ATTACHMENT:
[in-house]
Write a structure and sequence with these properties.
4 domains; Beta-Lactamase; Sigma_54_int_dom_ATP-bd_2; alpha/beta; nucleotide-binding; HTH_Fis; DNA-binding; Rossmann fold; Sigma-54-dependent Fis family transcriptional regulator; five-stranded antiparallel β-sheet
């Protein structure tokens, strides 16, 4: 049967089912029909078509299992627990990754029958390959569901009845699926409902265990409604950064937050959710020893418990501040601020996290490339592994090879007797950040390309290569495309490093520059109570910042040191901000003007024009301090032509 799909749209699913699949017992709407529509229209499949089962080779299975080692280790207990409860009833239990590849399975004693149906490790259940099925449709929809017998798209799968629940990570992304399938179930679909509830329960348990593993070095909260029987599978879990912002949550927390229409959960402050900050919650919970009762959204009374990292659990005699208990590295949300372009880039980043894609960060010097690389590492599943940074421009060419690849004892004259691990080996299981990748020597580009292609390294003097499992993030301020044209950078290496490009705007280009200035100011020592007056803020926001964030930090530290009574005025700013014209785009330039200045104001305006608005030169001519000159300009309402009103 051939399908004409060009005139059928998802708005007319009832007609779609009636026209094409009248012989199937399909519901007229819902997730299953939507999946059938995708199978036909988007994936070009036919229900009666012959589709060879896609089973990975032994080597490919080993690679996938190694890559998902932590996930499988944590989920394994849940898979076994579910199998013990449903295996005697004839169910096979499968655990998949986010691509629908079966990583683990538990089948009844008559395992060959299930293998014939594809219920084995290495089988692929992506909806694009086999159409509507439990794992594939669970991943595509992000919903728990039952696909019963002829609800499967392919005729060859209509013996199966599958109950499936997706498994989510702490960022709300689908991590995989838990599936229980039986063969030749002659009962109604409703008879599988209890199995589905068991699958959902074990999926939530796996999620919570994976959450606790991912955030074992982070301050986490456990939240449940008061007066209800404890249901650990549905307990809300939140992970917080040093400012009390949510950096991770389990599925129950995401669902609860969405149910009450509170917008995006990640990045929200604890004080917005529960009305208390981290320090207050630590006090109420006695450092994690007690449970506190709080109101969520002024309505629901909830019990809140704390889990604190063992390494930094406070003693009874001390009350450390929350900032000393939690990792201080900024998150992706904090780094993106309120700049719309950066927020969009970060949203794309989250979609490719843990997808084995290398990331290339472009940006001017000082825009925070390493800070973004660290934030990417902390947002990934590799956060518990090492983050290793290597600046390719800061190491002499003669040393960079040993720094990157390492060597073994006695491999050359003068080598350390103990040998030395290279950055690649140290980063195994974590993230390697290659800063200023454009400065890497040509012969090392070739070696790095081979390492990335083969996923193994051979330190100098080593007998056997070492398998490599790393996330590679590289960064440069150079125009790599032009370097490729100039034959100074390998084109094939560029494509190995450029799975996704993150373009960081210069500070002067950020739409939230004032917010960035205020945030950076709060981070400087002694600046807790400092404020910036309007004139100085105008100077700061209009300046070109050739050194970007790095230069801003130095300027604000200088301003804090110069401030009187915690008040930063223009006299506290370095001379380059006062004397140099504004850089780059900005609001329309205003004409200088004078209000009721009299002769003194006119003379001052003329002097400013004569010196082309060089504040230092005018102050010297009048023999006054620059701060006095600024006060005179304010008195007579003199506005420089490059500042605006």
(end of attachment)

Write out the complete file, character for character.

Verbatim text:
[in-house]
Write a structure and sequence with these properties.
4 domains; Beta-Lactamase; Sigma_54_int_dom_ATP-bd_2; alpha/beta; nucleotide-binding; HTH_Fis; DNA-binding; Rossmann fold; Sigma-54-dependent Fis family transcriptional regulator; five-stranded antiparallel β-sheet
């Protein structure tokens, strides 16, 4: 049967089912029909078509299992627990990754029958390959569901009845699926409902265990409604950064937050959710020893418990501040601020996290490339592994090879007797950040390309290569495309490093520059109570910042040191901000003007024009301090032509 799909749209699913699949017992709407529509229209499949089962080779299975080692280790207990409860009833239990590849399975004693149906490790259940099925449709929809017998798209799968629940990570992304399938179930679909509830329960348990593993070095909260029987599978879990912002949550927390229409959960402050900050919650919970009762959204009374990292659990005699208990590295949300372009880039980043894609960060010097690389590492599943940074421009060419690849004892004259691990080996299981990748020597580009292609390294003097499992993030301020044209950078290496490009705007280009200035100011020592007056803020926001964030930090530290009574005025700013014209785009330039200045104001305006608005030169001519000159300009309402009103 051939399908004409060009005139059928998802708005007319009832007609779609009636026209094409009248012989199937399909519901007229819902997730299953939507999946059938995708199978036909988007994936070009036919229900009666012959589709060879896609089973990975032994080597490919080993690679996938190694890559998902932590996930499988944590989920394994849940898979076994579910199998013990449903295996005697004839169910096979499968655990998949986010691509629908079966990583683990538990089948009844008559395992060959299930293998014939594809219920084995290495089988692929992506909806694009086999159409509507439990794992594939669970991943595509992000919903728990039952696909019963002829609800499967392919005729060859209509013996199966599958109950499936997706498994989510702490960022709300689908991590995989838990599936229980039986063969030749002659009962109604409703008879599988209890199995589905068991699958959902074990999926939530796996999620919570994976959450606790991912955030074992982070301050986490456990939240449940008061007066209800404890249901650990549905307990809300939140992970917080040093400012009390949510950096991770389990599925129950995401669902609860969405149910009450509170917008995006990640990045929200604890004080917005529960009305208390981290320090207050630590006090109420006695450092994690007690449970506190709080109101969520002024309505629901909830019990809140704390889990604190063992390494930094406070003693009874001390009350450390929350900032000393939690990792201080900024998150992706904090780094993106309120700049719309950066927020969009970060949203794309989250979609490719843990997808084995290398990331290339472009940006001017000082825009925070390493800070973004660290934030990417902390947002990934590799956060518990090492983050290793290597600046390719800061190491002499003669040393960079040993720094990157390492060597073994006695491999050359003068080598350390103990040998030395290279950055690649140290980063195994974590993230390697290659800063200023454009400065890497040509012969090392070739070696790095081979390492990335083969996923193994051979330190100098080593007998056997070492398998490599790393996330590679590289960064440069150079125009790599032009370097490729100039034959100074390998084109094939560029494509190995450029799975996704993150373009960081210069500070002067950020739409939230004032917010960035205020945030950076709060981070400087002694600046807790400092404020910036309007004139100085105008100077700061209009300046070109050739050194970007790095230069801003130095300027604000200088301003804090110069401030009187915690008040930063223009006299506290370095001379380059006062004397140099504004850089780059900005609001329309205003004409200088004078209000009721009299002769003194006119003379001052003329002097400013004569010196082309060089504040230092005018102050010297009048023999006054620059701060006095600024006060005179304010008195007579003199506005420089490059500042605006």